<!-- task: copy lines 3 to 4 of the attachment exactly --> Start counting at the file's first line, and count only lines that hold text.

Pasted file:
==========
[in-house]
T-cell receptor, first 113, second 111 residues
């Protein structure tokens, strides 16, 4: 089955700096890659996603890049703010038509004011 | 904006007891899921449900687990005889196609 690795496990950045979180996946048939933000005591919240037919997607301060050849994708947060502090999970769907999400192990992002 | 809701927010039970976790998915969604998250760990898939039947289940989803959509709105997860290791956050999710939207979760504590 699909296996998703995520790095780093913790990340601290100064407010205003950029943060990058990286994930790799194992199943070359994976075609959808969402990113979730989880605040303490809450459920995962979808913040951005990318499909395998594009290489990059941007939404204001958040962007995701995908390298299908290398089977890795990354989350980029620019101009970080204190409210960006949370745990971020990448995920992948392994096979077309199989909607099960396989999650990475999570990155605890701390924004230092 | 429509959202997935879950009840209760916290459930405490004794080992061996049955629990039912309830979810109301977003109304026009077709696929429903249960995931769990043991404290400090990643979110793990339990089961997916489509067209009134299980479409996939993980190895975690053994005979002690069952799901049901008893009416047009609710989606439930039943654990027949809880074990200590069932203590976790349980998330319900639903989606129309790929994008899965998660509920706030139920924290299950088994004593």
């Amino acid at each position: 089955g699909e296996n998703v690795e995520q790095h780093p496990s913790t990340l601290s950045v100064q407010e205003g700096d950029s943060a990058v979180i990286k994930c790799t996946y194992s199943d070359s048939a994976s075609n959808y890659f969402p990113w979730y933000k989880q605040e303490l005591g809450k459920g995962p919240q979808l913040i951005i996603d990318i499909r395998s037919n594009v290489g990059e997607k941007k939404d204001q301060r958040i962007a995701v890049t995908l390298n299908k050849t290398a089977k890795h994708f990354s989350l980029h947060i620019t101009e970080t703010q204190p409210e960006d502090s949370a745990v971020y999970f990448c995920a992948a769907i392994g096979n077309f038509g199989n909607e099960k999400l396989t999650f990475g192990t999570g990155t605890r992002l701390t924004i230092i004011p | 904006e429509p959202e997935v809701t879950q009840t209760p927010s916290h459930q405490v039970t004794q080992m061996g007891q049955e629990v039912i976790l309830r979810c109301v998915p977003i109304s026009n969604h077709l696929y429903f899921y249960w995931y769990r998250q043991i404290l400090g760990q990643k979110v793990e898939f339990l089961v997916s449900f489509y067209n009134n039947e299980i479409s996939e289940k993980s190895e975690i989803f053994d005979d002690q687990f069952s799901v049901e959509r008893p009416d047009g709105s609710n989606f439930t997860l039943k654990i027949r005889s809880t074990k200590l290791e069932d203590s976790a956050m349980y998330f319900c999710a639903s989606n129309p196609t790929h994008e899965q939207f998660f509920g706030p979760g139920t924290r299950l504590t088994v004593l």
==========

């Protein structure tokens, strides 16, 4: 089955700096890659996603890049703010038509004011 | 904006007891899921449900687990005889196609 690795496990950045979180996946048939933000005591919240037919997607301060050849994708947060502090999970769907999400192990992002 | 809701927010039970976790998915969604998250760990898939039947289940989803959509709105997860290791956050999710939207979760504590 699909296996998703995520790095780093913790990340601290100064407010205003950029943060990058990286994930790799194992199943070359994976075609959808969402990113979730989880605040303490809450459920995962979808913040951005990318499909395998594009290489990059941007939404204001958040962007995701995908390298299908290398089977890795990354989350980029620019101009970080204190409210960006949370745990971020990448995920992948392994096979077309199989909607099960396989999650990475999570990155605890701390924004230092 | 429509959202997935879950009840209760916290459930405490004794080992061996049955629990039912309830979810109301977003109304026009077709696929429903249960995931769990043991404290400090990643979110793990339990089961997916489509067209009134299980479409996939993980190895975690053994005979002690069952799901049901008893009416047009609710989606439930039943654990027949809880074990200590069932203590976790349980998330319900639903989606129309790929994008899965998660509920706030139920924290299950088994004593």
């Amino acid at each position: 089955g699909e296996n998703v690795e995520q790095h780093p496990s913790t990340l601290s950045v100064q407010e205003g700096d950029s943060a990058v979180i990286k994930c790799t996946y194992s199943d070359s048939a994976s075609n959808y890659f969402p990113w979730y933000k989880q605040e303490l005591g809450k459920g995962p919240q979808l913040i951005i996603d990318i499909r395998s037919n594009v290489g990059e997607k941007k939404d204001q301060r958040i962007a995701v890049t995908l390298n299908k050849t290398a089977k890795h994708f990354s989350l980029h947060i620019t101009e970080t703010q204190p409210e960006d502090s949370a745990v971020y999970f990448c995920a992948a769907i392994g096979n077309f038509g199989n909607e099960k999400l396989t999650f990475g192990t999570g990155t605890r992002l701390t924004i230092i004011p | 904006e429509p959202e997935v809701t879950q009840t209760p927010s916290h459930q405490v039970t004794q080992m061996g007891q049955e629990v039912i976790l309830r979810c109301v998915p977003i109304s026009n969604h077709l696929y429903f899921y249960w995931y769990r998250q043991i404290l400090g760990q990643k979110v793990e898939f339990l089961v997916s449900f489509y067209n009134n039947e299980i479409s996939e289940k993980s190895e975690i989803f053994d005979d002690q687990f069952s799901v049901e959509r008893p009416d047009g709105s609710n989606f439930t997860l039943k654990i027949r005889s809880t074990k200590l290791e069932d203590s976790a956050m349980y998330f319900c999710a639903s989606n129309p196609t790929h994008e899965q939207f998660f509920g706030p979760g139920t924290r299950l504590t088994v004593l």